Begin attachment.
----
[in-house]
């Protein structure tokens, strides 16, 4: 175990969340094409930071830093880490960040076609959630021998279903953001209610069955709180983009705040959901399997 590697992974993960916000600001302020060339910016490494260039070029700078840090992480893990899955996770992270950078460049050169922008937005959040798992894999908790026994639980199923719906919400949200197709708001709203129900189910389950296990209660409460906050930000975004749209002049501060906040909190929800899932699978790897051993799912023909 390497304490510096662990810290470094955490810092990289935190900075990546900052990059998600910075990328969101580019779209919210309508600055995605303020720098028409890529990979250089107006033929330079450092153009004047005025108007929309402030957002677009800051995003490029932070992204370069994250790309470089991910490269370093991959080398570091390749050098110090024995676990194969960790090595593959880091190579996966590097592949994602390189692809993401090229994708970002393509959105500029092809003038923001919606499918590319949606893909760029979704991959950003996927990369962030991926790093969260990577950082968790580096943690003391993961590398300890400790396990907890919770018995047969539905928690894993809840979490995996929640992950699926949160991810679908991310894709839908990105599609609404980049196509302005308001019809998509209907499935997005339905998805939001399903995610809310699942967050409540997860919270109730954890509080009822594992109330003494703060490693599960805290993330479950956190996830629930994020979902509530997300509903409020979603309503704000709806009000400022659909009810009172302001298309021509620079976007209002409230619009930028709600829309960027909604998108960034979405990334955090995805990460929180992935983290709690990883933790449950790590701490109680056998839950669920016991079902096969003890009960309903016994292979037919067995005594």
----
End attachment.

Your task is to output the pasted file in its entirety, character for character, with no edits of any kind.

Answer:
[in-house]
């Protein structure tokens, strides 16, 4: 175990969340094409930071830093880490960040076609959630021998279903953001209610069955709180983009705040959901399997 590697992974993960916000600001302020060339910016490494260039070029700078840090992480893990899955996770992270950078460049050169922008937005959040798992894999908790026994639980199923719906919400949200197709708001709203129900189910389950296990209660409460906050930000975004749209002049501060906040909190929800899932699978790897051993799912023909 390497304490510096662990810290470094955490810092990289935190900075990546900052990059998600910075990328969101580019779209919210309508600055995605303020720098028409890529990979250089107006033929330079450092153009004047005025108007929309402030957002677009800051995003490029932070992204370069994250790309470089991910490269370093991959080398570091390749050098110090024995676990194969960790090595593959880091190579996966590097592949994602390189692809993401090229994708970002393509959105500029092809003038923001919606499918590319949606893909760029979704991959950003996927990369962030991926790093969260990577950082968790580096943690003391993961590398300890400790396990907890919770018995047969539905928690894993809840979490995996929640992950699926949160991810679908991310894709839908990105599609609404980049196509302005308001019809998509209907499935997005339905998805939001399903995610809310699942967050409540997860919270109730954890509080009822594992109330003494703060490693599960805290993330479950956190996830629930994020979902509530997300509903409020979603309503704000709806009000400022659909009810009172302001298309021509620079976007209002409230619009930028709600829309960027909604998108960034979405990334955090995805990460929180992935983290709690990883933790449950790590701490109680056998839950669920016991079902096969003890009960309903016994292979037919067995005594």